Raising Sand

Studio Album by released in 2007
Raising Sand's tracklist:
Rich Woman
Killing the Blues
Sister Rosetta Goes Before Us
Polly Come Home
Gone Gone Gone (Done Moved On)
Through the Morning, Through the Night
Please Read the Letter
Trampled Rose
Fortune Teller
Stick With Me Baby
Nothin'
Let Your Loss Be Your Lesson
Your Long Journey

Raising Sand review

United musical impulse

Usually, collaborations of musicians belonging to different genres carry some purely commercial character. Sometimes they do it to promote a young performer, sometimes to renew the public's interest to an aging artist. There are not so many appropriate causes you can think of but none of them suite to the project of hard rocker Robert Plant and country songstress Alison Krauss. Their team album Raising Sand was made for the sake of the music exclusively. Each of these performers possesses an indisputable authority and each of them reached literally unattainable heights in the world of music as a whole. Of course, Plant's name gives this album a very special weight especially for those who are not quite familiar with the bluegrass and country scene. In the borders of this duet he looks as a senior mentor at the least. But still we should remember that Alison Krauss is a worthy partner indeed. 20 years of successful career behind her shoulders and a rare collection of 20 Grammy Awards on her chimneypiece – isn't that a marker that screams about her talent? In a word, one can fearlessly expect this disc to be extremely attractive. Two strongest vocalists of our world have joined together in united musical impulse.

Amalgamation of extremes

Nevertheless, for many music lovers this duet may seem not really convincing. In what way the opposites can be crossbred? The question finds an answer on the very first track Rich Woman. Plant sings a leading part and Krauss performs backing vocals. Their voices sound almost equipotent; Plant's part was brought in the foreground just a little bit farther. The song as such is a light blues rock played in a tempo which stands somewhere between fast and mid one. By the way, the album's stylistics looks sufficiently ambiguous. All the songs represented here belong to various authors and basically differ in style and inner atmosphere a lot. There are country, folk, blues and even gospel compositions here. However, it must be mentioned that all the songs are joined together by a very specific sound that smoothes down all the stylistic roughness. Quite often the arrangements of the tracks have a slightly mysterious and even haunting sound. But on the other hand the minimal set of instruments that was used on this record makes Rising Sand very homelike, soft and live album. Extremes are the essence of this record; everything is based on merging of polar things here.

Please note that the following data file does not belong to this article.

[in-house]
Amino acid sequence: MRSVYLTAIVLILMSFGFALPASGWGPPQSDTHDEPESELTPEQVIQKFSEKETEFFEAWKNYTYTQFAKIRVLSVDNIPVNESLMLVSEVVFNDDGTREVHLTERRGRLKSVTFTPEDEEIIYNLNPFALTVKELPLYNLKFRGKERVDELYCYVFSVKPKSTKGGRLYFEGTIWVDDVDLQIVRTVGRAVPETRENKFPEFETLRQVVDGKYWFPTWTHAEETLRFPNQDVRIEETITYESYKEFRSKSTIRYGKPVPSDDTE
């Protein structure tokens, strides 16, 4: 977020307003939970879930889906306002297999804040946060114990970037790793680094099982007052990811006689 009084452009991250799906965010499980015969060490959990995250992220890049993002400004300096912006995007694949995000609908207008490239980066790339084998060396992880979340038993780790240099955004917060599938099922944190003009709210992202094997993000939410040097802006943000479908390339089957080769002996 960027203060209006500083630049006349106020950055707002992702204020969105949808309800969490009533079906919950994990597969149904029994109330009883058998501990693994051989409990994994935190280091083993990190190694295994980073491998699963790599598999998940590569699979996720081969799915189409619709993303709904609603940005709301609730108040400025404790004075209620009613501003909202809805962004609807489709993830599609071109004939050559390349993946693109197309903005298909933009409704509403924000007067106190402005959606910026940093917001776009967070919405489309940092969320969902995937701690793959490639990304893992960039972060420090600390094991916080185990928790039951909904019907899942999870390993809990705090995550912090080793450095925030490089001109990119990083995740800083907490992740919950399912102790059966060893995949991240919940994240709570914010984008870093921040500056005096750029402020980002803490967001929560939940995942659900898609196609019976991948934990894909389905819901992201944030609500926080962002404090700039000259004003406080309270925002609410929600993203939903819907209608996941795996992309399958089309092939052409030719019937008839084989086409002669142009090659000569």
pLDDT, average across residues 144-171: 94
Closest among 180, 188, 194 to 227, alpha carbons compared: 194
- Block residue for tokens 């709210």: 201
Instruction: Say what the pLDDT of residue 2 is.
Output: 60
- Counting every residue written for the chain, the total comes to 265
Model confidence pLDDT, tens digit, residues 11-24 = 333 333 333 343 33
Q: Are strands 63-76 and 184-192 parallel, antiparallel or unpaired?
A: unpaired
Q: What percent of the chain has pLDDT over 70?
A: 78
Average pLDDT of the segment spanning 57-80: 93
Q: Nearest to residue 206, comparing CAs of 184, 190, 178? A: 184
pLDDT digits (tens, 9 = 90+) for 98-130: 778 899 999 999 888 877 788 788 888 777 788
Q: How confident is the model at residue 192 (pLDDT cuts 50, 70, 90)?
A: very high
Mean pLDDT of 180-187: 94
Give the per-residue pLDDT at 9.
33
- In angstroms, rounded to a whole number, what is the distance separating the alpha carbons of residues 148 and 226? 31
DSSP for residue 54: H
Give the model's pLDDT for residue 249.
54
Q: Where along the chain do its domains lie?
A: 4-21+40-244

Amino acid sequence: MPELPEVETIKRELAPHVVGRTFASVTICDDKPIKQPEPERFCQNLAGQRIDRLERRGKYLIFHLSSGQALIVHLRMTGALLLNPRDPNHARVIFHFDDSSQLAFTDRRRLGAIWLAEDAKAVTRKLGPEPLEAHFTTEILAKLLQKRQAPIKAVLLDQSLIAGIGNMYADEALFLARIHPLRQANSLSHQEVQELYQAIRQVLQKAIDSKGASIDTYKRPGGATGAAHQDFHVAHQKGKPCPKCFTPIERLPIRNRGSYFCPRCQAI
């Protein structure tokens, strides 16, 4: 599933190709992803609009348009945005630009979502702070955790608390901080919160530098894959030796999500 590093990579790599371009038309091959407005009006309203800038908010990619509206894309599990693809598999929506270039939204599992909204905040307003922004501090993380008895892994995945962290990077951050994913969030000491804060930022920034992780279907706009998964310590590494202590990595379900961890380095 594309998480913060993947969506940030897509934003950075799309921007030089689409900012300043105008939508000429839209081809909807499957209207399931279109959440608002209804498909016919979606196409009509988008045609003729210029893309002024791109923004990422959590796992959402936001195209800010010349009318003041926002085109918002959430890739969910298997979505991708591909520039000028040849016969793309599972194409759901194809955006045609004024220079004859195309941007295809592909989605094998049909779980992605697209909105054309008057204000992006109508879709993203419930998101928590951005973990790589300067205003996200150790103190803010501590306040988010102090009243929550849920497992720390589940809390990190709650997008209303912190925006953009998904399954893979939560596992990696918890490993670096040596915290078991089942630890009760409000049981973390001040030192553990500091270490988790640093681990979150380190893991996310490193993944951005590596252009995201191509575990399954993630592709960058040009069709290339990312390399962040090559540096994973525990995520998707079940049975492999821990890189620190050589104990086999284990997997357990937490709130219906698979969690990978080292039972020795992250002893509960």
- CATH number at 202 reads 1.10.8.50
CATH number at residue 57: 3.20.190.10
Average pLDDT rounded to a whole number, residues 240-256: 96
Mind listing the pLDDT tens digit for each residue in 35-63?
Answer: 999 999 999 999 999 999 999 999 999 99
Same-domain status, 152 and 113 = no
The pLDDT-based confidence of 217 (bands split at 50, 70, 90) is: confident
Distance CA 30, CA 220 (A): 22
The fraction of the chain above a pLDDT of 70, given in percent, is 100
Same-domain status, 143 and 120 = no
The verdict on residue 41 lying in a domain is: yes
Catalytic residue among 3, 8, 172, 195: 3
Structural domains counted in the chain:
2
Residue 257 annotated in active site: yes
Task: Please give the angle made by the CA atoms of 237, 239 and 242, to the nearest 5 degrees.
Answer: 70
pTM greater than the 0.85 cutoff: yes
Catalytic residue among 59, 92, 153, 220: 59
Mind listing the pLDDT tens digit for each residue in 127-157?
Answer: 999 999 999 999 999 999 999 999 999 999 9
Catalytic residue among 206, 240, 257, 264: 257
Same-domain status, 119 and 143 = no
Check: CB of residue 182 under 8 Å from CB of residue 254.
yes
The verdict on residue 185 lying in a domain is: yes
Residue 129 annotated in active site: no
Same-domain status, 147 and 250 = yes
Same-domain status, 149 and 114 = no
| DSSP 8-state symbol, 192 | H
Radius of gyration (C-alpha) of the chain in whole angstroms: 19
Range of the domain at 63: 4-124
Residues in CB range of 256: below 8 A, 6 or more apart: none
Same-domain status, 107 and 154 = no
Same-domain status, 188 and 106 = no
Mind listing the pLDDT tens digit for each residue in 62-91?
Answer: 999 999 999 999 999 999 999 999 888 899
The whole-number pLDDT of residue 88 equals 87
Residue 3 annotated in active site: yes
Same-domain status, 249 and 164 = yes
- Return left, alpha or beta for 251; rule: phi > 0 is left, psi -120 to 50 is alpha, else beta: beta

Unique material

In fact, Raising Sand is a result of collaboration of three stars. A well-known producer T Bone Burnett also guided the record process along with Plant and Krauss. It was him who selected this excellent collection of songs and it was him who managed to blend all these genres into something whole. It is pretty hard to figure out the best tracks of the album as all them sound sufficiently nice but still the most outstanding songs here are those with a slightly mysterious mood, which works really well on Polly Come Home, Trampled Rose or Sister Rosetta Goes Before Us. This is not a matter of personal taste, simply they sound fairly unusual. The basic mass of the material finds itself somewhere between blues, folk and acoustic rock. Such a mixture will surely suite to the tastes of Plant's and Krauss's admirers. There is a plenty of great examples. You may pay attention on a folk song Through The Morning, Through The Night, where Krauss sings lead, Plant's own Please Read The Letter or Gone Gone Gone (Done Moved On), which sounds like rockabilly meets psychedelic rock. As a whole, Rising Sand is a very smooth and mild album. There are no loud sounds, screams and noise. Plant and Krauss simply sing beautiful songs that sound similar to their classic woks in a way but at the same time they represent a completely unique and originally arranged material.

Max Rodrigues (06.11.2007)
Rate review3.67
Total votes - 37


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